LaNette Flunker, a senior lecturer in management and marketing who spent two weeks in Greece through the PIE program, said she also has altered her curriculum and teaching as a result of her experience.

"I can think of several times when I could relate to similarities or differences to our way of doing business or education that I've discussed in class," said Flunker. "This experience has given me more specifics to include in my classes."

The program will now bring faculty from partner universities in Greece and Ireland to UW-Eau Claire, Yelkur said. Two professors from those institutions will be on campus this spring, meeting with faculty, students and business leaders in the community, she said.

Peter Chresanthakes, a lecturer of accounting and finance at the American College of Thessaloniki in Greece, will be on campus April 28-May 2. Fergal McGrath, professor of information & knowledge management at the University of Limerick in Ireland, will be here May 14-25.

Seeing faculty make international travel a priority and interacting with visiting faculty here may inspire students to be more globally aware, Germonprez said.

"If students see us excited and thinking more globally because we've spent time in other places, that can be powerful," Germonprez said. "They may think differently about their own opportunities. In the College of Business, everything we do has an international component. And there is no better way to better understand it than to go some place to experience it. If our students see us doing this, it may seem more doable to them."

Faculty making connections in other countries also can create opportunities for students that otherwise would not exist, Yelkur said. For example, she shared Becker's resume with businesses during her China trip, which led to his internship, she said, noting PIE will pay Becker's airfare and a stipend.

PIE also supports students who are interested in domestic internships with an international component, Yelkur said. For example, senior Adri Neitzke, a management major from Menomonee Falls, will intern with Minnesota Wire and Cable to help with its international endeavors, she said. The program will pay Neitzke a stipend during her internship.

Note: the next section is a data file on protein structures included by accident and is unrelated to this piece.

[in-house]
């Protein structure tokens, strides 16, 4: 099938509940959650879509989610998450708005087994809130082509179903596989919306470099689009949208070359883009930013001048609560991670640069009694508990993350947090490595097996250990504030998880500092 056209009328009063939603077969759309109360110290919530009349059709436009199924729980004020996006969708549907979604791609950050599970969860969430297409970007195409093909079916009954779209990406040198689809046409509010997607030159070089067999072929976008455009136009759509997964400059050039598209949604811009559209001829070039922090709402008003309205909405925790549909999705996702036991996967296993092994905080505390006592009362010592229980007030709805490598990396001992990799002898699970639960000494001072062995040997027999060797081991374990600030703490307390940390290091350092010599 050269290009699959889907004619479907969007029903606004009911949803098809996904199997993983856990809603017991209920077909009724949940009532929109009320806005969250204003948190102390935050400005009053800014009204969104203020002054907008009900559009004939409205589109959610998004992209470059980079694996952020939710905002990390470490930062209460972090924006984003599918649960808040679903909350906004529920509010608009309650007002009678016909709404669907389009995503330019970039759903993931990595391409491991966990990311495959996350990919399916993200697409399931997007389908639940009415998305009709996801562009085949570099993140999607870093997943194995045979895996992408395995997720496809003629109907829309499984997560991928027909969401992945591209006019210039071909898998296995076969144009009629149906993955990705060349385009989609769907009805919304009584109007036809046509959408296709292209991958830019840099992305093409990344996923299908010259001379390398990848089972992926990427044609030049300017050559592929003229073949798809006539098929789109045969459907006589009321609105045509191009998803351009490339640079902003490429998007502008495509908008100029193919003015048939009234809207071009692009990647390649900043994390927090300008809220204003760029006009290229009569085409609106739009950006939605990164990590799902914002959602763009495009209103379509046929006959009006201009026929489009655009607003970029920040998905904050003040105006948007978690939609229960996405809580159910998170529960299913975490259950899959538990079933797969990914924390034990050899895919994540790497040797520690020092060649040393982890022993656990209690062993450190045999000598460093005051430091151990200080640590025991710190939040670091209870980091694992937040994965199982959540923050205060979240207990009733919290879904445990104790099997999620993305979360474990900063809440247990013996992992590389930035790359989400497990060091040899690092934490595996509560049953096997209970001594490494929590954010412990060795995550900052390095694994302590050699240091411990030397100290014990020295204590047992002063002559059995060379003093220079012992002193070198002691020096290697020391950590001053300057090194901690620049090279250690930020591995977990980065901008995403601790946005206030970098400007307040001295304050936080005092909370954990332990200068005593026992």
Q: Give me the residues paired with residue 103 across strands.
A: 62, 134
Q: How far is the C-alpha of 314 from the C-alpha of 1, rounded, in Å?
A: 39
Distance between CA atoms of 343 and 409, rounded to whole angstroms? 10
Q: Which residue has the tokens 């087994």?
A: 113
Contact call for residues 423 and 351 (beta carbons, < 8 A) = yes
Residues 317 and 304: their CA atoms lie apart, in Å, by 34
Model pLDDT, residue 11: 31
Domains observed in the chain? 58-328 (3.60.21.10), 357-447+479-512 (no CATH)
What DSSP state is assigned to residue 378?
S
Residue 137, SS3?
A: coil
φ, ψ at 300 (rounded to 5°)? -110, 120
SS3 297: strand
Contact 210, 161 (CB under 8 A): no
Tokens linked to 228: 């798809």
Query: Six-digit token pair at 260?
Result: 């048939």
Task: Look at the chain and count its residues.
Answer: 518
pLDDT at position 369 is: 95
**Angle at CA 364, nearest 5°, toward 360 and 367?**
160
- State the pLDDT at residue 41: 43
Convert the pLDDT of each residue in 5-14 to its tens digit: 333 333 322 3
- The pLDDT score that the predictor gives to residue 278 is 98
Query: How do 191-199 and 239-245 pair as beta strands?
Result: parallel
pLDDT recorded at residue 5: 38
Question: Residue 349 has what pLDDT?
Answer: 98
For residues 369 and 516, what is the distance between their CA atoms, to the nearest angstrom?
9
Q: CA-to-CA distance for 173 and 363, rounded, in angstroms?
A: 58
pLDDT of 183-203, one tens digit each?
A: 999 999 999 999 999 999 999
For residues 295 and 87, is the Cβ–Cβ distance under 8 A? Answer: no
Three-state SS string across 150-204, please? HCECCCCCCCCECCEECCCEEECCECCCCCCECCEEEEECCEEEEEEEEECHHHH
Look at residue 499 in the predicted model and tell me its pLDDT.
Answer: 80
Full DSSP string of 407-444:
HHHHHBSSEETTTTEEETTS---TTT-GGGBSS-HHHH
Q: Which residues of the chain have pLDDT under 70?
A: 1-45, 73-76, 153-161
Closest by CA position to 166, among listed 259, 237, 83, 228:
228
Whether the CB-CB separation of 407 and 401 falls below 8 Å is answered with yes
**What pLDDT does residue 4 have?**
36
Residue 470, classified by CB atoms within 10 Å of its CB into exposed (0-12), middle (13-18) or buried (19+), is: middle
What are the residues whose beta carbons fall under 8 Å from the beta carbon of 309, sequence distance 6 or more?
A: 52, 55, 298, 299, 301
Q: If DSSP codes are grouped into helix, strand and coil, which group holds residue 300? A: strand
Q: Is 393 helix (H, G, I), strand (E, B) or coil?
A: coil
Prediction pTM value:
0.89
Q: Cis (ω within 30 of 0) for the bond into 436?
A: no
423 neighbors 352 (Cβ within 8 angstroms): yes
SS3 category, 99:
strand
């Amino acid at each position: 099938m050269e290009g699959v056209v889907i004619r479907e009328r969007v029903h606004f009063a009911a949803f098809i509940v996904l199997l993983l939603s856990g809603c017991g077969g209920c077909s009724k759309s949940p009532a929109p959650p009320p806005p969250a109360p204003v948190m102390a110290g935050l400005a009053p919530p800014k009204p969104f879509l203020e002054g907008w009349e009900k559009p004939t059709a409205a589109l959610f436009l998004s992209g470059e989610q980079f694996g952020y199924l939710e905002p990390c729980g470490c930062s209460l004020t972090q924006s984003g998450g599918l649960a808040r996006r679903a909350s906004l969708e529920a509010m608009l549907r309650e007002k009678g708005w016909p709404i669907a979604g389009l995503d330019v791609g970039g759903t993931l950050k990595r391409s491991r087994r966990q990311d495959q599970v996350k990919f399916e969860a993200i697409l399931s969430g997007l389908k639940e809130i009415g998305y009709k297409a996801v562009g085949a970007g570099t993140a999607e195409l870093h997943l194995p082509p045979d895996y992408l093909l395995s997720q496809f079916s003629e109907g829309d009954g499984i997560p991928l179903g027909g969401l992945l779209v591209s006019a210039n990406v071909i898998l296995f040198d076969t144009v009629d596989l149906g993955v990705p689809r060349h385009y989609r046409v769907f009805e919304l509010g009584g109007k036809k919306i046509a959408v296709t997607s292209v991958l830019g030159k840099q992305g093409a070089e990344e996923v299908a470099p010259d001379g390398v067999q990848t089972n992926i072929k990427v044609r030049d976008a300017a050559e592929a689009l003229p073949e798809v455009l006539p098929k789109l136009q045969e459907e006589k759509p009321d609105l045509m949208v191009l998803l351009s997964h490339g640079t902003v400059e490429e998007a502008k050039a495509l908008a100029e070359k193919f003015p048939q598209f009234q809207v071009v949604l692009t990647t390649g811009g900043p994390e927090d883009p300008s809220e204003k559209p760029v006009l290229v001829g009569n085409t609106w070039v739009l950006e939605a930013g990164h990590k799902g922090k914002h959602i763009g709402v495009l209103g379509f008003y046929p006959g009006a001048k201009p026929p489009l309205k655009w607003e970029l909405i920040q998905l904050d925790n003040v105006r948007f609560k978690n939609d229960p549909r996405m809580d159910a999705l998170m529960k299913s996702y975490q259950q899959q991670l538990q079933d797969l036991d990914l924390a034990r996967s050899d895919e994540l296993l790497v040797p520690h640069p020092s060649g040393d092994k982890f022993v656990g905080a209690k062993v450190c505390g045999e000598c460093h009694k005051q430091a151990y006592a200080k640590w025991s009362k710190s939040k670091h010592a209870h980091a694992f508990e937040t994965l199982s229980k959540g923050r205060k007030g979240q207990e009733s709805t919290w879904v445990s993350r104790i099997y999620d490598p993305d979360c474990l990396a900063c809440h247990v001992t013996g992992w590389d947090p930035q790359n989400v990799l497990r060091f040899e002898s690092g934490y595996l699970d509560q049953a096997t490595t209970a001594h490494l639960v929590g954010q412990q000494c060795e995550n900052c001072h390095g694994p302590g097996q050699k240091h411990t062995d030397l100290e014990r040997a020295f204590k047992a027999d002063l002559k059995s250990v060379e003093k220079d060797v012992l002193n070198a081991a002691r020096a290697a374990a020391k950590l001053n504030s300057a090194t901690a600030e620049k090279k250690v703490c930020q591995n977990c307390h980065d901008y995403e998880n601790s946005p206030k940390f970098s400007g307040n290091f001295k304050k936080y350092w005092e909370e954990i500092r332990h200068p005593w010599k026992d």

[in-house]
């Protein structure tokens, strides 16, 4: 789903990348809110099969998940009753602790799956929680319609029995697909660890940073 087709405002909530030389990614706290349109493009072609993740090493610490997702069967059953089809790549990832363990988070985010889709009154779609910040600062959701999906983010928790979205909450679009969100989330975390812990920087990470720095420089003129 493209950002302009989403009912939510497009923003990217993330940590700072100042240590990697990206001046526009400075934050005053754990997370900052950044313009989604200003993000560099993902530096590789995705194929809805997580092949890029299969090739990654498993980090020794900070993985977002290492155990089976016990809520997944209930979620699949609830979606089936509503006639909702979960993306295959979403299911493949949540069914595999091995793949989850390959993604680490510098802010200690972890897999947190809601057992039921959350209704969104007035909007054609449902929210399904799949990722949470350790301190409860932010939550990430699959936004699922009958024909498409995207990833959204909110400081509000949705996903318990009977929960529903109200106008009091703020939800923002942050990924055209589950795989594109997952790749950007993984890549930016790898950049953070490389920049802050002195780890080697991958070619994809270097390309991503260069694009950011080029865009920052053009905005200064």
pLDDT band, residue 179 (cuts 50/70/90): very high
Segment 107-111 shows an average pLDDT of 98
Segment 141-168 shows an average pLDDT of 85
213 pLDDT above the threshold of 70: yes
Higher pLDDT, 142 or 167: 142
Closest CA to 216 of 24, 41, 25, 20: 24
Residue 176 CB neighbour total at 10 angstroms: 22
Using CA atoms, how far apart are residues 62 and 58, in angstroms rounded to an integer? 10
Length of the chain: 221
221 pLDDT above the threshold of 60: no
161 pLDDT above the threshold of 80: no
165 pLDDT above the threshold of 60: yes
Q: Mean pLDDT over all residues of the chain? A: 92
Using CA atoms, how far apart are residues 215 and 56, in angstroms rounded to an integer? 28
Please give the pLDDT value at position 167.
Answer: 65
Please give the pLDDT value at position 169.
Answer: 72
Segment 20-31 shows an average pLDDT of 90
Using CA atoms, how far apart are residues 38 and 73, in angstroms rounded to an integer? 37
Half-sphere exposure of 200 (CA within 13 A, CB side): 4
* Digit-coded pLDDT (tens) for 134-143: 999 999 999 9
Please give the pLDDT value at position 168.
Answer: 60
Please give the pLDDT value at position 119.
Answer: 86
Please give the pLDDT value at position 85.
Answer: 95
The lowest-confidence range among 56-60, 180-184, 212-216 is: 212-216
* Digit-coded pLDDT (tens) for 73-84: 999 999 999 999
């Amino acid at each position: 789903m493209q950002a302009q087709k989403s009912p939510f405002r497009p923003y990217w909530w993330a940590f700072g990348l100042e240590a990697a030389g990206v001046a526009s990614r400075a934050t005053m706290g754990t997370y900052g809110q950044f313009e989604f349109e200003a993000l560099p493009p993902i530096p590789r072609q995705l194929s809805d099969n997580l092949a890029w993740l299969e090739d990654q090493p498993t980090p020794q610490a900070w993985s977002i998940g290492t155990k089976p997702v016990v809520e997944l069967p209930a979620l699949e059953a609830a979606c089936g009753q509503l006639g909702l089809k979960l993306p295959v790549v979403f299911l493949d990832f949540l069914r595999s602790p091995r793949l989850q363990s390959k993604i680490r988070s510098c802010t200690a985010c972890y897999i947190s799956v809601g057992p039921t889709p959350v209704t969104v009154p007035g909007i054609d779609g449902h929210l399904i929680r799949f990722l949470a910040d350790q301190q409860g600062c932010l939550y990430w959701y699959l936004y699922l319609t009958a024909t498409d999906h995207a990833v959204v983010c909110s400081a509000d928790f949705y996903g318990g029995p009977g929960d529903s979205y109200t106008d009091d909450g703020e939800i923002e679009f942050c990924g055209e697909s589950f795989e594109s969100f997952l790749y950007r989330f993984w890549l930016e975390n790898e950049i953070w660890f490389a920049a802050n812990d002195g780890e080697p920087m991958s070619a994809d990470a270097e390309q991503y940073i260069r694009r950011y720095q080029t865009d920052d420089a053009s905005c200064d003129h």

The "Partnerships in International Education" program also includes a component that supports businesses in northern Wisconsin and surrounding regions, Yelkur said.

In fall of 2007, the program helped to establish the Northern Wisconsin International Trade Association to assist and mentor area businesses in their international endeavors through consulting, speaker events, online resources and a newsletter on global issues. The umbrella organization — housed on campus — is a partnership among the College of Business, the Wisconsin Department of Commerce Division of Investment and Export, the university's Center for International Education and the student organization-AIESEC.

"Businesses are benefiting from the support they're receiving through the NWITA partnership," Yelkur said. "And they'll benefit in the future by hiring interns and graduates who have an understanding of international issues and an appreciation for new opportunities found in the global economy."

The "Partnerships in International Education" program, which will run through June 2009, is funded by a $174,000 grant from the U.S. Department of Education's Title VIB Business and International program.

For more information about the program or opportunities to meet with the visiting faculty from Greece and Ireland during their visits, contact Dr. Rama Yelkur at 715-836-4674 or